Somewhere between Mary Poppins and Sex and the City lies The Nanny Diaries, an adaptation of Emma McLaughlin and Nicola Kraus' sordid, cynical best seller that is able to coast on its working-grrl attitude and a couple of intelligent casting decisions.
It's nice to see Scarlett Johansson
outside of Woody Allen's clutches. Here she showcases her rarely exercised knack for self-deprecating physical comedy as Annie Braddock, titular babysitter and recent college graduate who postpones her inevitable plunge into the rat race by accepting a nanny position at the posh Upper East Side residence of snippy Mrs. X (Laura Linney
, fabulous in the role). Article continues below
The dream job quickly turns nightmarish, though. Rumors that the last nanny received her walking papers after indulging in one date prevent Annie from pursuing the Harvard Hottie (Chris Evans
) who lives upstairs. Meanwhile, the elusive Mr. X (Paul Giamatti
) fills his calendar with business meetings -- code for girlfriends he keeps on the side. And the self-absorbed parents have no connection with Annie's charge, Grayer (Nicholas Art), a child of aristocracy pressured to behave like anything but a kid.
One nagging problem of Nanny, however, is that Johansson can't create much of a connection with young Art either, and too much of the story hinges on Annie's concern for Grayer’s well-being. There are handfuls of times we half expect this put-upon pseudo-parent to tell the X factors they can take their job and shove it. She doesn't, and we immediately question why. The part of Grayer requires more sympathy than Art -- or Johansson, by extension -- can muster.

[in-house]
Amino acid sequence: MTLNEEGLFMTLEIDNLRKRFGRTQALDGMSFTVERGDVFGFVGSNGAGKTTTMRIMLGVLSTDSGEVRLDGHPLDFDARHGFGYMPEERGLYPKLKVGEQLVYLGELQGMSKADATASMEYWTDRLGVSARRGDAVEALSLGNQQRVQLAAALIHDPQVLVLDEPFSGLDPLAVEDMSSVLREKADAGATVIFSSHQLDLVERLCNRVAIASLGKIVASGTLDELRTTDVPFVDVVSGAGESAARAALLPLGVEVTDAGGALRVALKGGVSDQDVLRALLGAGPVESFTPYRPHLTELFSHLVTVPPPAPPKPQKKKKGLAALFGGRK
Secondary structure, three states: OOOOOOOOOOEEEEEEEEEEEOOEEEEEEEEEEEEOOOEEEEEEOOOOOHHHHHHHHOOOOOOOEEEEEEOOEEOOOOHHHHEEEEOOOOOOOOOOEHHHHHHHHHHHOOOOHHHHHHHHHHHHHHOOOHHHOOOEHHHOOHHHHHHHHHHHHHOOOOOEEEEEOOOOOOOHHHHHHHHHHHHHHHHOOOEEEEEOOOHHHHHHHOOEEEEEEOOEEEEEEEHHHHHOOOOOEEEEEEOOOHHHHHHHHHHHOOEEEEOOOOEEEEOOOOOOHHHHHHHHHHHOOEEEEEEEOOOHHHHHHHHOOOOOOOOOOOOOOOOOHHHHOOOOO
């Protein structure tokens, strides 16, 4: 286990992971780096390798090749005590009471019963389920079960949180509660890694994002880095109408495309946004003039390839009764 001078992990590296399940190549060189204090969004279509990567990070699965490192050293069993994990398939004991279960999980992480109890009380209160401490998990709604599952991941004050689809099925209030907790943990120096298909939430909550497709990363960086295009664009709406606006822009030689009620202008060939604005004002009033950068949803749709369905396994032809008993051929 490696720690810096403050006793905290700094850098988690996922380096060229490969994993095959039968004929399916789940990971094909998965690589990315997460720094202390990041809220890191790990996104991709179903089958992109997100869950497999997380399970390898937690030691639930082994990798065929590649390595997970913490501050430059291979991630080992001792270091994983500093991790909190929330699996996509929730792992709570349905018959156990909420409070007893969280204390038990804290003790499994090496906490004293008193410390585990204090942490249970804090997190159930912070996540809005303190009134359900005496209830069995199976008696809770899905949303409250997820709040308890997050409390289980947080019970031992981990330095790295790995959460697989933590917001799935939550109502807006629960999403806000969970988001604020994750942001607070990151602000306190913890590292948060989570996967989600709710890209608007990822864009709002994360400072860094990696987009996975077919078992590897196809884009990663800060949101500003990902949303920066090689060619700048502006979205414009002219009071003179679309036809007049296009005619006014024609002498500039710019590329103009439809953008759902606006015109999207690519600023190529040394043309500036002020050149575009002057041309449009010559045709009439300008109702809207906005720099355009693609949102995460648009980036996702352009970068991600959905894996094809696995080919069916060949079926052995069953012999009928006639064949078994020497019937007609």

What Nanny can do is punch holes through the stuffiness of Manhattan's upper crust. The script records smart commentaries on New York's social caste system, finding ways to categorize the unique borough's residents without digging too deep beneath the shallow surfaces. Yet even here, the movie oversteps its firm footing. During an impossibly impromptu dinner disaster, Annie demands Grayer try a peanut-butter-and-jelly concoction that, even after a lifetime of Grey Poupon, goes down smoothly. I was surprised to learn such a product existed. I was even more shocked that co-directors Shari Springer Berman
and Robert Pulcini
would mistakenly believe the Xs would have it in their pantry in the first place.
But the movie stays in its exclusive comfort zone for the most part, safely arriving at its stated bottom line: that those without money are equal to something a pampered pet would leave under a tree in Central Park. Don't worry, though. The nanny will pick that up.